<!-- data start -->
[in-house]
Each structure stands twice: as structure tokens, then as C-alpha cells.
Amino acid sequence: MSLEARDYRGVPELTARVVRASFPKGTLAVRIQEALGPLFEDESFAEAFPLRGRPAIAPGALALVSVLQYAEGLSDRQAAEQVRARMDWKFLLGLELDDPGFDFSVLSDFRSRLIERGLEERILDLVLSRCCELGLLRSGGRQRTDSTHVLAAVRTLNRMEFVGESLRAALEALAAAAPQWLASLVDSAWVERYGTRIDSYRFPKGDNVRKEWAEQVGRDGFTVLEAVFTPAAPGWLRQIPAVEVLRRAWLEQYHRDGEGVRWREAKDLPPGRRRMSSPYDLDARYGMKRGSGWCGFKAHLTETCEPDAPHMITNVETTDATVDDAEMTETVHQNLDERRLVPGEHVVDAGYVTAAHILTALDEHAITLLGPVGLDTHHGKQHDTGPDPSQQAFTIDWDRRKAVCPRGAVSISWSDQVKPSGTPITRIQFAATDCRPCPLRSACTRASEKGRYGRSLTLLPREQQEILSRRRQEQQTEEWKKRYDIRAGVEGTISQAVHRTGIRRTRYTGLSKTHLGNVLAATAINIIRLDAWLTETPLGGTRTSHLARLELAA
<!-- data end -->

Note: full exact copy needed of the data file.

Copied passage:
[in-house]
Each structure stands twice: as structure tokens, then as C-alpha cells.
Amino acid sequence: MSLEARDYRGVPELTARVVRASFPKGTLAVRIQEALGPLFEDESFAEAFPLRGRPAIAPGALALVSVLQYAEGLSDRQAAEQVRARMDWKFLLGLELDDPGFDFSVLSDFRSRLIERGLEERILDLVLSRCCELGLLRSGGRQRTDSTHVLAAVRTLNRMEFVGESLRAALEALAAAAPQWLASLVDSAWVERYGTRIDSYRFPKGDNVRKEWAEQVGRDGFTVLEAVFTPAAPGWLRQIPAVEVLRRAWLEQYHRDGEGVRWREAKDLPPGRRRMSSPYDLDARYGMKRGSGWCGFKAHLTETCEPDAPHMITNVETTDATVDDAEMTETVHQNLDERRLVPGEHVVDAGYVTAAHILTALDEHAITLLGPVGLDTHHGKQHDTGPDPSQQAFTIDWDRRKAVCPRGAVSISWSDQVKPSGTPITRIQFAATDCRPCPLRSACTRASEKGRYGRSLTLLPREQQEILSRRRQEQQTEEWKKRYDIRAGVEGTISQAVHRTGIRRTRYTGLSKTHLGNVLAATAINIIRLDAWLTETPLGGTRTSHLARLELAA